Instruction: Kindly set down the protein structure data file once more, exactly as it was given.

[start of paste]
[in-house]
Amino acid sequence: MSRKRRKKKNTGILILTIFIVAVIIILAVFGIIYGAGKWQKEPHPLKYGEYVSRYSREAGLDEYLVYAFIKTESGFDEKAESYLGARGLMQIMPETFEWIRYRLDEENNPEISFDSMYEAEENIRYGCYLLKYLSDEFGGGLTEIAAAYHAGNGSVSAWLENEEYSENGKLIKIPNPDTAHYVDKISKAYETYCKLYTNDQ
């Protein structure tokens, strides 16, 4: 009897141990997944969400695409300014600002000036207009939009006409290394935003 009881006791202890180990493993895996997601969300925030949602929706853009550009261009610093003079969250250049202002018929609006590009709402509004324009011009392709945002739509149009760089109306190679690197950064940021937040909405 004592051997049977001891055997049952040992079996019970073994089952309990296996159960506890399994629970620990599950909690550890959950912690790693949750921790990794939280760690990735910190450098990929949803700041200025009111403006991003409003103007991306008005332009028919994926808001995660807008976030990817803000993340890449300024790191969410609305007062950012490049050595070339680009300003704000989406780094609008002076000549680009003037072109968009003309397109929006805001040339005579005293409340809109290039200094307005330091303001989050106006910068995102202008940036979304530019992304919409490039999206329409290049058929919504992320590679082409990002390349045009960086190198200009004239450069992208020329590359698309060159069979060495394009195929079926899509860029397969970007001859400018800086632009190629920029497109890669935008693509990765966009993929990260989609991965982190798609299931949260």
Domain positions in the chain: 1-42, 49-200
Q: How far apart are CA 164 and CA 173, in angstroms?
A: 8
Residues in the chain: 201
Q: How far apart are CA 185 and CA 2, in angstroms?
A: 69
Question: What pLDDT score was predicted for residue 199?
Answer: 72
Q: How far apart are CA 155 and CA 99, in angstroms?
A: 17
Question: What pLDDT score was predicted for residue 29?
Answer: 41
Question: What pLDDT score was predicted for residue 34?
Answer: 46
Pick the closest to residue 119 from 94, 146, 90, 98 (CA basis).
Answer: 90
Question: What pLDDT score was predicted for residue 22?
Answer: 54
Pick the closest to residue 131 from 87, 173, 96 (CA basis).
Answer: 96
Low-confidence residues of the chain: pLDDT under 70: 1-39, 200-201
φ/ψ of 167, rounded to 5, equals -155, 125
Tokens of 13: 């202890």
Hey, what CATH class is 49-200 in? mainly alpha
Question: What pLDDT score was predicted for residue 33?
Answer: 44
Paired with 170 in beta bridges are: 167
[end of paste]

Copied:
[in-house]
Amino acid sequence: MSRKRRKKKNTGILILTIFIVAVIIILAVFGIIYGAGKWQKEPHPLKYGEYVSRYSREAGLDEYLVYAFIKTESGFDEKAESYLGARGLMQIMPETFEWIRYRLDEENNPEISFDSMYEAEENIRYGCYLLKYLSDEFGGGLTEIAAAYHAGNGSVSAWLENEEYSENGKLIKIPNPDTAHYVDKISKAYETYCKLYTNDQ
């Protein structure tokens, strides 16, 4: 009897141990997944969400695409300014600002000036207009939009006409290394935003 009881006791202890180990493993895996997601969300925030949602929706853009550009261009610093003079969250250049202002018929609006590009709402509004324009011009392709945002739509149009760089109306190679690197950064940021937040909405 004592051997049977001891055997049952040992079996019970073994089952309990296996159960506890399994629970620990599950909690550890959950912690790693949750921790990794939280760690990735910190450098990929949803700041200025009111403006991003409003103007991306008005332009028919994926808001995660807008976030990817803000993340890449300024790191969410609305007062950012490049050595070339680009300003704000989406780094609008002076000549680009003037072109968009003309397109929006805001040339005579005293409340809109290039200094307005330091303001989050106006910068995102202008940036979304530019992304919409490039999206329409290049058929919504992320590679082409990002390349045009960086190198200009004239450069992208020329590359698309060159069979060495394009195929079926899509860029397969970007001859400018800086632009190629920029497109890669935008693509990765966009993929990260989609991965982190798609299931949260």
Domain positions in the chain: 1-42, 49-200
Q: How far apart are CA 164 and CA 173, in angstroms?
A: 8
Residues in the chain: 201
Q: How far apart are CA 185 and CA 2, in angstroms?
A: 69
Question: What pLDDT score was predicted for residue 199?
Answer: 72
Q: How far apart are CA 155 and CA 99, in angstroms?
A: 17
Question: What pLDDT score was predicted for residue 29?
Answer: 41
Question: What pLDDT score was predicted for residue 34?
Answer: 46
Pick the closest to residue 119 from 94, 146, 90, 98 (CA basis).
Answer: 90
Question: What pLDDT score was predicted for residue 22?
Answer: 54
Pick the closest to residue 131 from 87, 173, 96 (CA basis).
Answer: 96
Low-confidence residues of the chain: pLDDT under 70: 1-39, 200-201
φ/ψ of 167, rounded to 5, equals -155, 125
Tokens of 13: 């202890």
Hey, what CATH class is 49-200 in? mainly alpha
Question: What pLDDT score was predicted for residue 33?
Answer: 44
Paired with 170 in beta bridges are: 167